16. A 360 degree joint like the shoulder can’t be trained by just regular pushing and pulling. You need 360 degree training. Which I’ve seen best done, by clubs. To a lesser extent by Bulgarian bags and kettlebells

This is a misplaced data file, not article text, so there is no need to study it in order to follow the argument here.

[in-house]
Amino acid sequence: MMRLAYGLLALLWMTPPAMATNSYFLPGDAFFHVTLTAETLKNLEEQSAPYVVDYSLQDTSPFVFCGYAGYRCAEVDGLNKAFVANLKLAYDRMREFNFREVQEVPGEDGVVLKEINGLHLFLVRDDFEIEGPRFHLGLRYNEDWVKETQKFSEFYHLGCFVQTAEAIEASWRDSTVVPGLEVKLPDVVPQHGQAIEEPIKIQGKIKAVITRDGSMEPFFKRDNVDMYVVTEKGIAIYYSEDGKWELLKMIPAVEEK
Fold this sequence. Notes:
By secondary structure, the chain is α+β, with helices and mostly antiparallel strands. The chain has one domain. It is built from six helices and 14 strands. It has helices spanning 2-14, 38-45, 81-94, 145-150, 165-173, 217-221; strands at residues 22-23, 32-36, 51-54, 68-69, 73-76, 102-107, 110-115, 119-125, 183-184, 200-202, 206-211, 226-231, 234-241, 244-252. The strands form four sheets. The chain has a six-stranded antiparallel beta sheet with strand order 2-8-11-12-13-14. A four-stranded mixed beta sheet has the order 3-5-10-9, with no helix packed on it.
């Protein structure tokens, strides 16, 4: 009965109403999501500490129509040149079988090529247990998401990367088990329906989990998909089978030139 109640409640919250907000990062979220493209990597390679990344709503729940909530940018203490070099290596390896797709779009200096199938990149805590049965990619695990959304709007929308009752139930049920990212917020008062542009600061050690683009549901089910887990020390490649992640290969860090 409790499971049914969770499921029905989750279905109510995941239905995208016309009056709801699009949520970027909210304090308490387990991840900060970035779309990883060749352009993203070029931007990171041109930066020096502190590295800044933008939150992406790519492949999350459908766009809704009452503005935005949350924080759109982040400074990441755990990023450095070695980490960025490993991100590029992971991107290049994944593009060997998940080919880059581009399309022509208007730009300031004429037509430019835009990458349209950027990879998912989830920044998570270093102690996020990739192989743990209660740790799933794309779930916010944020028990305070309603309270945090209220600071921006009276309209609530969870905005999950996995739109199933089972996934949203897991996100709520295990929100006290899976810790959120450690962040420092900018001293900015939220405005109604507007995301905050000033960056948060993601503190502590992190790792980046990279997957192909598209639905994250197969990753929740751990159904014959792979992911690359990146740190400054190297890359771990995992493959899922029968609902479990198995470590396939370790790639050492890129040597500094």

How to do micro workouts with clubs. Each session needs to be short. 10 minutes or less. This means your exercise will incorporate the warmup. Do them thrice daily. Before meals. More frequently if you feel like it. Aim is to train movement. Do not try to get tired. You should feel high after the session. You should feel like you can do another session immediately. You should feel energised. If you feel tired you’ve done too much. Cut back on reps or weight in the next session. You’ll need two light clubs (1.5 to 2kgs) and one heavy club (5kg roughly). You’ll do the light clubs for a warm up lasting 2 minutes and then move to the heavy club for 8 minutes. Alternating between hands at each set. You’ll be working continually, but one of your upper limbs will rest while the other works. That way cardio, and core get continuous training while the smaller muscles get a break. Never do a set till you’re completely fatigued. You should always have atleast 5 reps of perfect form left in your hand when you end the set and switch to the other hand. When I started off with the heavy club, I would do a set of 5 in the right hand, switch left, do 5, switch right and so on, till 8 minutes was up. These days, my rep range is at 15 per set. Target is 30 per set. But there’s no hurry. I’ve got the rest of my life to get to that target. When you start doing that many reps in one session and you multiply that by 3,a day, you end up with an extremely high number that would wreck you, if you did them all in a single hour long session. Instead, you get 30 minutes of time under tension daily, or more, with zero fatigue and a buzz that feels like you’ve been drinking coffee all day. Three other advantage is that you interrupt your sedentary posture atleast three times a day. The beneficial effect on posture is rapid. And more sustained compared to a single long session, as you’re not letting the body default to the hunched over position over the next 8 hours. The term minute session is not enough to sweat buckets. You can practice in your work clothes. There are days when I’ve done ten sessions without sweating, because I’m doing only one set in each hand and then stopping. Total volume would then go up to a 100 heavy club swings without even sweating. Plus form becomes super clean because you’re practicing the movement while fresh. You don’t need a lot of space to do these exercises, so if you’re hard-core enough, you can even take them to the office. Your colleagues will not bother you, when they see you swinging a heavy club before a meeting.